Dissertation Index

Author: Malawey, Victoria L.

Title: Temporal Process, Repetition, and Voice in Björk's Medúlla

Institution: Indiana University Bloomington

Begun: August 2002

Completed: December 2007


Björk Gu∂mundsdóttirs 2004 album, Medúlla, is remarkable: it originates primarily from human voices, follows her long-standing tradition of collaborative work, and responds to particular events of the three years preceding the albums release. Musically, Medlla invites an inquiry into the nature of musical events in time, repetition and return, strategic change over the course of entire songs, music-text relations, and vocality.

Bjrk draws upon several themesancestry, paganism, pre-civilization, and motherhoodto unify the album. Her treatment and manipulation of the voice (e.g., nonverbal utterances, various styles of delivery) support these themes and imply musical personae and sonic corporeality through repetition, textual manipulation, textural effects, and emergent processes. Other uses of the voice highlight the musical qualities of the text (in contrast to linguistic meanings) through metric reinterpretation.

Approaching transcription as a vehicle for analysis, this study explores the functions of seven temporal effects (emergence, textural decay, textural reduction, expansion, contraction, metric suspension, and metric modulation) that shape the gradual unfolding of each song on Medlla. Temporal effects encompass musical phenomena that explicitly involve temporal context for their impact. Particular strategies of repetition, such as motoric repetition, motivic variation, textual repetition, and harmonic oscillation and stasis, also affect listeners expectations and perceptions of time in these songs. Entire songs and sections of songs project strategic courses of change that I analyze using a concept I call processive growth. My analyses relate different rates of change among musical parameters (including processes of acceleration and deceleration) and interactions among temporal effects, repetition, and return. A primary question I address is how music analysis can characterize processes of gradual change in the songs on Medlla. I draw on several analytic orientations to characterize hearing the songs in real time, listening to patterns shown in the transcriptions and paradigmatic diagrams, and experiencing musical emergence and processive growth in the songs.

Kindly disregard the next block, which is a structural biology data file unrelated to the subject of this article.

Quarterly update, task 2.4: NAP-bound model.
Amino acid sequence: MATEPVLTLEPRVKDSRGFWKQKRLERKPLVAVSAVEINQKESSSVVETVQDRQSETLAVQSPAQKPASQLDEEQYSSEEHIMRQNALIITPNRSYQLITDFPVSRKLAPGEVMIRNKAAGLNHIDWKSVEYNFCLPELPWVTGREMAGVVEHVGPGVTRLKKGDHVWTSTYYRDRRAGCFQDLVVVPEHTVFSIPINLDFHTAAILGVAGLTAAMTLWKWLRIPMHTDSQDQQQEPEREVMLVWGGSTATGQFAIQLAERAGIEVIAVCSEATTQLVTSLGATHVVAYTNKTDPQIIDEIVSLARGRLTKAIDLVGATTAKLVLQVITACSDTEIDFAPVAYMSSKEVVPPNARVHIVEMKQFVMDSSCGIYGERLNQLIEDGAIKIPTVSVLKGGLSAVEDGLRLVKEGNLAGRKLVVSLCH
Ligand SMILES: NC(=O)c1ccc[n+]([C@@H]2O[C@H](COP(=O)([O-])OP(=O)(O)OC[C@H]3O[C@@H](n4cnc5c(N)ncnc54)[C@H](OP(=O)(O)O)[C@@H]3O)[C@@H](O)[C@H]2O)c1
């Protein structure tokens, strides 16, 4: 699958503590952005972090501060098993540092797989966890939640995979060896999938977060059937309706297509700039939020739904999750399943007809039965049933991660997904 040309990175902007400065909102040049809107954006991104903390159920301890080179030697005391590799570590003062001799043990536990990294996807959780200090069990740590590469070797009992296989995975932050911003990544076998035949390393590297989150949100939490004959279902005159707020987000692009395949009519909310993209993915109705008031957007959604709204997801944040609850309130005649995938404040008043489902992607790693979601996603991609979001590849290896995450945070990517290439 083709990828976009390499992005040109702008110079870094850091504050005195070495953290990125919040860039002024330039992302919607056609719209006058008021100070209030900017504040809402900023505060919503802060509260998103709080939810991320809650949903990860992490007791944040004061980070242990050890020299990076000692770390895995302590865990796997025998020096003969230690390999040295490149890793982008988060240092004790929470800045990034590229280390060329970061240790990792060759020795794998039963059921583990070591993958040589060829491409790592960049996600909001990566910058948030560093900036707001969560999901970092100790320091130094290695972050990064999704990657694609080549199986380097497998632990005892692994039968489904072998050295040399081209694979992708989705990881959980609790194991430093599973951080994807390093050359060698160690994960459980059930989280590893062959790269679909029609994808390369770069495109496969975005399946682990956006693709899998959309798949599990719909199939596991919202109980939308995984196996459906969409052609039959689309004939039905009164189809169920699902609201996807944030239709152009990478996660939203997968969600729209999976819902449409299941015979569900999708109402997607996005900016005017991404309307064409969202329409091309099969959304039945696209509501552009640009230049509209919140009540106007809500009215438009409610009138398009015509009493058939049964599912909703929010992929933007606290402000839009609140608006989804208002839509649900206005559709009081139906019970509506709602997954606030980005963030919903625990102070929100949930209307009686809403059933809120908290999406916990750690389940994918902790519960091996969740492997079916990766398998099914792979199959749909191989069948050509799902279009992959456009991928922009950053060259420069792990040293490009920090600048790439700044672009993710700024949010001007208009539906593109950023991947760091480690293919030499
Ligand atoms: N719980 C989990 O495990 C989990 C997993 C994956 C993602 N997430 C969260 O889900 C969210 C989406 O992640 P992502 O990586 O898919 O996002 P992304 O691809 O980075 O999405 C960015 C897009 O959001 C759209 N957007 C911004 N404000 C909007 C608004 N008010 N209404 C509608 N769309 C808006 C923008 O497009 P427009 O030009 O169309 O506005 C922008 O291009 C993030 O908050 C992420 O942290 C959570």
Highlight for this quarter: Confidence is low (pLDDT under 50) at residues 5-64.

Keywords: Bjrk, Medlla, voice, repetition, process, growth, time, temporal, texture, effect


Chapter 1. Situating the Idiosyncratic: Origins of Bjrks Medlla and Central Analytic Concepts

Chapter 2. I Want To Be Flexible: Temporal Effects (Part 1)

Chapter 3. I Am Elastic: Temporal Effects (Part 2)

Chapter 4. When Time? To ReturnDo It Now: Repetition and Return

Chapter 5. Pulsively towards: Processive Growth

Chapter 6. One Breath Away: Voice, Persona, and Body


Department of Music
Kenyon College
Gambier, OH 43022-9623
phone 740.427.5180
fax 740.427.5512

     Return to dissertations